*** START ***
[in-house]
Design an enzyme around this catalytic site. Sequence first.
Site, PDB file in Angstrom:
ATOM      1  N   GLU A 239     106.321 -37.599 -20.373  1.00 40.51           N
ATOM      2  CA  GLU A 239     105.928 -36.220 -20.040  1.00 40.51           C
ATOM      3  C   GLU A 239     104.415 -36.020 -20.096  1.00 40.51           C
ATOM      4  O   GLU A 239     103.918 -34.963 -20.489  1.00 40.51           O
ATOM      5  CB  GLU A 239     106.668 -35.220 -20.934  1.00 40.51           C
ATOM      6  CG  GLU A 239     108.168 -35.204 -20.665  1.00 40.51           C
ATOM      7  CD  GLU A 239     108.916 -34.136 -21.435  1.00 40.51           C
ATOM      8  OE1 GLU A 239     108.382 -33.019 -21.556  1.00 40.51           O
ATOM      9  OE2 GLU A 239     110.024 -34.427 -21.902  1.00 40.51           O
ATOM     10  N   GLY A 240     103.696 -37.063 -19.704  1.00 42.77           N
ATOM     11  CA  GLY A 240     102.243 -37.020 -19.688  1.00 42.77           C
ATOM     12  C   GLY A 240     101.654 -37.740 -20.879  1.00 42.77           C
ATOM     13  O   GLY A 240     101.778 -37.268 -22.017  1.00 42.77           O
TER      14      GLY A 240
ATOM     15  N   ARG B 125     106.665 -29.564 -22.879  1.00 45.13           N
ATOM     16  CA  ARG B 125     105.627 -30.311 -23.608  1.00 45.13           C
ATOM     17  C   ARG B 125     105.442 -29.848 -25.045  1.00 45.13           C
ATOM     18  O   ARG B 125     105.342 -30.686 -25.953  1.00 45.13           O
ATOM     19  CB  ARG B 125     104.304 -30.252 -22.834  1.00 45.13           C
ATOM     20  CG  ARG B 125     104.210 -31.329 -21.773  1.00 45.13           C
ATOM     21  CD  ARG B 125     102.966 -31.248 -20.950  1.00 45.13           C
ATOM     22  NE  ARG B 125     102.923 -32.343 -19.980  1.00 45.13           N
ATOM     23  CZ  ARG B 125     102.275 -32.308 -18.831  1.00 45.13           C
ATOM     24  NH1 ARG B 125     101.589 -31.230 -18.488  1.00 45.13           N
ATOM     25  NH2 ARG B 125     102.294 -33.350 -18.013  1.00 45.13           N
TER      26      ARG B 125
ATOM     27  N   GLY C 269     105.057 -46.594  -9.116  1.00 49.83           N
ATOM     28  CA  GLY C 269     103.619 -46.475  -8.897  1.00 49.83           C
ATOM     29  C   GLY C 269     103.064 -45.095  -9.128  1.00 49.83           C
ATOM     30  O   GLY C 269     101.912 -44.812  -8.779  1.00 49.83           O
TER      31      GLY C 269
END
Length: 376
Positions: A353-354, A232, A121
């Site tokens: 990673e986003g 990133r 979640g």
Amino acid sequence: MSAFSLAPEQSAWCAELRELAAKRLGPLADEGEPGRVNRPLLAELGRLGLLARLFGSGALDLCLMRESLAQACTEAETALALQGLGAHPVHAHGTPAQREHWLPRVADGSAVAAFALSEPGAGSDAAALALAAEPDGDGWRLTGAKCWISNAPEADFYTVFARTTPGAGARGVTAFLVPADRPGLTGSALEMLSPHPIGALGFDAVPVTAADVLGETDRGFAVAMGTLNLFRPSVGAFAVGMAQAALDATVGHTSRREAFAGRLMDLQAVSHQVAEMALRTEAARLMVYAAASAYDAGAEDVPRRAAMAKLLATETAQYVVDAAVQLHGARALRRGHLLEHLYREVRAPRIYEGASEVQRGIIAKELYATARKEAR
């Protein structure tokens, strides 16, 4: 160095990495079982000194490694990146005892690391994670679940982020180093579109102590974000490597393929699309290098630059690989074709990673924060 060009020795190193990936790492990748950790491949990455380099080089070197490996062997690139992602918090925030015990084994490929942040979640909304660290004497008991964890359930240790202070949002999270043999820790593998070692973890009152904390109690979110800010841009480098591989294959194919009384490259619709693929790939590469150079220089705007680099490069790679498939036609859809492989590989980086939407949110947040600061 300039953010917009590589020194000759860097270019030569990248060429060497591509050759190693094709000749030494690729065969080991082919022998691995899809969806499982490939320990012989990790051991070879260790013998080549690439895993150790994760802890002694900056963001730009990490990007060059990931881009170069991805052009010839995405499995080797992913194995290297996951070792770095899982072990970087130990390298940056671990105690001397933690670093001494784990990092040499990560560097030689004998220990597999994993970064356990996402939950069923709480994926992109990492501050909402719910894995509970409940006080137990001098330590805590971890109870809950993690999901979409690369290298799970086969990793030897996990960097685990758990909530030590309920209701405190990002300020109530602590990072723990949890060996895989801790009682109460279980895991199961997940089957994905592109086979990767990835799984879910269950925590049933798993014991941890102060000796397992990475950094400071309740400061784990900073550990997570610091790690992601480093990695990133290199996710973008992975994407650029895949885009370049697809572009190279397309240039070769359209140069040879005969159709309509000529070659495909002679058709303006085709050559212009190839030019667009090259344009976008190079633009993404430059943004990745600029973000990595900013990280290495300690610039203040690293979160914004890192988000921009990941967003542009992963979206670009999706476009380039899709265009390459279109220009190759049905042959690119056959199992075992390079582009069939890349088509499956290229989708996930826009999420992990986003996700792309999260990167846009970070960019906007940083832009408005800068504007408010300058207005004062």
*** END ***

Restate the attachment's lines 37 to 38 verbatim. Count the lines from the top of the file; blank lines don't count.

Positions: A353-354, A232, A121
């Site tokens: 990673e986003g 990133r 979640g």